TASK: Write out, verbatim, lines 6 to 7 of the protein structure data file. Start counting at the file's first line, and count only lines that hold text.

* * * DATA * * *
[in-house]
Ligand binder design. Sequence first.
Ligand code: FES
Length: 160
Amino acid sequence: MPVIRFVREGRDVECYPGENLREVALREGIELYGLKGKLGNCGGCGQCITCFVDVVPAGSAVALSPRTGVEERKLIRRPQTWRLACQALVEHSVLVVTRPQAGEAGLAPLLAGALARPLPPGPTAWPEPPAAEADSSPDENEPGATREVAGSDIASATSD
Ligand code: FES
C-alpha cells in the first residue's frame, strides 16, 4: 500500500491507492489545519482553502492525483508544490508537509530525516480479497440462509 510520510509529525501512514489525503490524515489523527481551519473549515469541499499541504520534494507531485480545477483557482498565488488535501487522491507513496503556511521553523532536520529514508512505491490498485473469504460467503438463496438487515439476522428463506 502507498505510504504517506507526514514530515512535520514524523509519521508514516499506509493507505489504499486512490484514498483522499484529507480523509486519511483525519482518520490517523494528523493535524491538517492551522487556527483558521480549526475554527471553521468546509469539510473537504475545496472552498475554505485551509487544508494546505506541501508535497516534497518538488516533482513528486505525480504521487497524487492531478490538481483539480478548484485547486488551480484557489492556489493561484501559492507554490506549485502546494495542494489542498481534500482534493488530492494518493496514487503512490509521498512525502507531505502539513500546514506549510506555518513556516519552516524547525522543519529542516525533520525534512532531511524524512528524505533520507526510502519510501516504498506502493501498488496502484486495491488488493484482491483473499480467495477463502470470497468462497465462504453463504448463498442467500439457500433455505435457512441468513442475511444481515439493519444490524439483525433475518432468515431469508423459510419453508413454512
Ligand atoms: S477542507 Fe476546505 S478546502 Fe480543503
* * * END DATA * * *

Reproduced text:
Ligand code: FES
C-alpha cells in the first residue's frame, strides 16, 4: 500500500491507492489545519482553502492525483508544490508537509530525516480479497440462509 510520510509529525501512514489525503490524515489523527481551519473549515469541499499541504520534494507531485480545477483557482498565488488535501487522491507513496503556511521553523532536520529514508512505491490498485473469504460467503438463496438487515439476522428463506 502507498505510504504517506507526514514530515512535520514524523509519521508514516499506509493507505489504499486512490484514498483522499484529507480523509486519511483525519482518520490517523494528523493535524491538517492551522487556527483558521480549526475554527471553521468546509469539510473537504475545496472552498475554505485551509487544508494546505506541501508535497516534497518538488516533482513528486505525480504521487497524487492531478490538481483539480478548484485547486488551480484557489492556489493561484501559492507554490506549485502546494495542494489542498481534500482534493488530492494518493496514487503512490509521498512525502507531505502539513500546514506549510506555518513556516519552516524547525522543519529542516525533520525534512532531511524524512528524505533520507526510502519510501516504498506502493501498488496502484486495491488488493484482491483473499480467495477463502470470497468462497465462504453463504448463498442467500439457500433455505435457512441468513442475511444481515439493519444490524439483525433475518432468515431469508423459510419453508413454512